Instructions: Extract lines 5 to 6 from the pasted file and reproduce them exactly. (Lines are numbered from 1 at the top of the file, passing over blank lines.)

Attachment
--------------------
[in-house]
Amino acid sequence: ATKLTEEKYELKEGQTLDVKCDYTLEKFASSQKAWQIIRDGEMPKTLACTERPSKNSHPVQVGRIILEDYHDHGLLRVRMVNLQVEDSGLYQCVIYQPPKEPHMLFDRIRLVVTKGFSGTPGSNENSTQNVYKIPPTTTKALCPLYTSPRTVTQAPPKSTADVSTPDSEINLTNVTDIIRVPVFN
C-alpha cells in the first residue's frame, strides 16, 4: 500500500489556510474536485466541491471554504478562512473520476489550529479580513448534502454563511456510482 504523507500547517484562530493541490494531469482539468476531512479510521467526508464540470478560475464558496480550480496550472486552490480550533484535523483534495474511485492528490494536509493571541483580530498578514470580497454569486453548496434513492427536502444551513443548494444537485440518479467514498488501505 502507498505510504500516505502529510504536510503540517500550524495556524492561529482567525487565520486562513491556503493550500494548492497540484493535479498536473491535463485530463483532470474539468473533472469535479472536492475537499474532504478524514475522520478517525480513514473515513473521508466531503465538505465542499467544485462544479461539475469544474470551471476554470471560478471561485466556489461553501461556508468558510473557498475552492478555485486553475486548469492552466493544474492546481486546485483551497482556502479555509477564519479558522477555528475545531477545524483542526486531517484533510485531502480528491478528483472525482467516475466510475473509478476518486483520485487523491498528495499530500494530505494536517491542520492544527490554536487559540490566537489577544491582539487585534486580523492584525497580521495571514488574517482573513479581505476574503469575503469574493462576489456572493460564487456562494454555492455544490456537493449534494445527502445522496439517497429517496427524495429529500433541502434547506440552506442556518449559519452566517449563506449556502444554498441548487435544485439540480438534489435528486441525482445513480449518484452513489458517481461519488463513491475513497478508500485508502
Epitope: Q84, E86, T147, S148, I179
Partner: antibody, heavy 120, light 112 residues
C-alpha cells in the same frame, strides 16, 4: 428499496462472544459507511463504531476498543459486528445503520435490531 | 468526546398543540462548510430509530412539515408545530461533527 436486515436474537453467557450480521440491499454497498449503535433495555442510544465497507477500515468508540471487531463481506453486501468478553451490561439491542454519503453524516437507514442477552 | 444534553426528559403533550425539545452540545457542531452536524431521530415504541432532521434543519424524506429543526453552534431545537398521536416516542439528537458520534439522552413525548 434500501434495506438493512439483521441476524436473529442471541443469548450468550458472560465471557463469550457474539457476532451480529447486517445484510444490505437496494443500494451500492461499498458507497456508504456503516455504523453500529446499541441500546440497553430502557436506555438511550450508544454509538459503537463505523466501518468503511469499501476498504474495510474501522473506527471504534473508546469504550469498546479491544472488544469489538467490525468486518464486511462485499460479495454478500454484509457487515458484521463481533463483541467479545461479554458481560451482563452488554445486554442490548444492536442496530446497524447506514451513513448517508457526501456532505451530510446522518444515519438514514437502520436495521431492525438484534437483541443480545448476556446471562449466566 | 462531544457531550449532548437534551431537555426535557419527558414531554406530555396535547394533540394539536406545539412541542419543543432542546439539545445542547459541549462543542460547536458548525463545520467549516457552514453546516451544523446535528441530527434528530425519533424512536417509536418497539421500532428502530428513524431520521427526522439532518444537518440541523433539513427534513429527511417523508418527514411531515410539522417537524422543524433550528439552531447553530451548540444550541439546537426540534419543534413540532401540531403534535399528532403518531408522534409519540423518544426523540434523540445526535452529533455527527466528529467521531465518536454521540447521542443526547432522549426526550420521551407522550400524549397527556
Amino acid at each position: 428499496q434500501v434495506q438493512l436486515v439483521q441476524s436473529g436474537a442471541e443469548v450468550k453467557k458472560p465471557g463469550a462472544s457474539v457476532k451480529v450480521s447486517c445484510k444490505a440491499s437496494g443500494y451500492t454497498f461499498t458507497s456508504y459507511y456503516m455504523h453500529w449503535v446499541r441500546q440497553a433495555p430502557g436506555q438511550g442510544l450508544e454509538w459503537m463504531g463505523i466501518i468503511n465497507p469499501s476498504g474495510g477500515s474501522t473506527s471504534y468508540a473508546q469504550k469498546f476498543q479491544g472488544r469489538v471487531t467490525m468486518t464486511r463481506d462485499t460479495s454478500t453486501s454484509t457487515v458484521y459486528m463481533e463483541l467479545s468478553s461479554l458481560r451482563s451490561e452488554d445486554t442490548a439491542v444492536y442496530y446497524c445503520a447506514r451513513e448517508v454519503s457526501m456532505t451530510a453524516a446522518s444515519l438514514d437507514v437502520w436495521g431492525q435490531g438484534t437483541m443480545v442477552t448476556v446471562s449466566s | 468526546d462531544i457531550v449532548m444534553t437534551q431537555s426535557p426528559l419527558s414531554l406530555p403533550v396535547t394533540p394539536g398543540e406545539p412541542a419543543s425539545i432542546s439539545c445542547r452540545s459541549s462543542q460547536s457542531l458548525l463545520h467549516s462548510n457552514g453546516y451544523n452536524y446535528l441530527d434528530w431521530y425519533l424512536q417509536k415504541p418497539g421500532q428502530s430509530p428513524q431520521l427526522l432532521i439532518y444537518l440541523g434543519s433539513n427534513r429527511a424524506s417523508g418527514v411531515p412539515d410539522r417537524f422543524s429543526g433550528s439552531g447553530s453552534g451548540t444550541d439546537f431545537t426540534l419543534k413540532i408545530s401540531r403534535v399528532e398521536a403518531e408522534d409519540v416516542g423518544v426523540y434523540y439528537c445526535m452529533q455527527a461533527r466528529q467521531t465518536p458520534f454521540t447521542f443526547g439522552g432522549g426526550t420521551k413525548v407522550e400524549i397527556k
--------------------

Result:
Partner: antibody, heavy 120, light 112 residues
C-alpha cells in the same frame, strides 16, 4: 428499496462472544459507511463504531476498543459486528445503520435490531 | 468526546398543540462548510430509530412539515408545530461533527 436486515436474537453467557450480521440491499454497498449503535433495555442510544465497507477500515468508540471487531463481506453486501468478553451490561439491542454519503453524516437507514442477552 | 444534553426528559403533550425539545452540545457542531452536524431521530415504541432532521434543519424524506429543526453552534431545537398521536416516542439528537458520534439522552413525548 434500501434495506438493512439483521441476524436473529442471541443469548450468550458472560465471557463469550457474539457476532451480529447486517445484510444490505437496494443500494451500492461499498458507497456508504456503516455504523453500529446499541441500546440497553430502557436506555438511550450508544454509538459503537463505523466501518468503511469499501476498504474495510474501522473506527471504534473508546469504550469498546479491544472488544469489538467490525468486518464486511462485499460479495454478500454484509457487515458484521463481533463483541467479545461479554458481560451482563452488554445486554442490548444492536442496530446497524447506514451513513448517508457526501456532505451530510446522518444515519438514514437502520436495521431492525438484534437483541443480545448476556446471562449466566 | 462531544457531550449532548437534551431537555426535557419527558414531554406530555396535547394533540394539536406545539412541542419543543432542546439539545445542547459541549462543542460547536458548525463545520467549516457552514453546516451544523446535528441530527434528530425519533424512536417509536418497539421500532428502530428513524431520521427526522439532518444537518440541523433539513427534513429527511417523508418527514411531515410539522417537524422543524433550528439552531447553530451548540444550541439546537426540534419543534413540532401540531403534535399528532403518531408522534409519540423518544426523540434523540445526535452529533455527527466528529467521531465518536454521540447521542443526547432522549426526550420521551407522550400524549397527556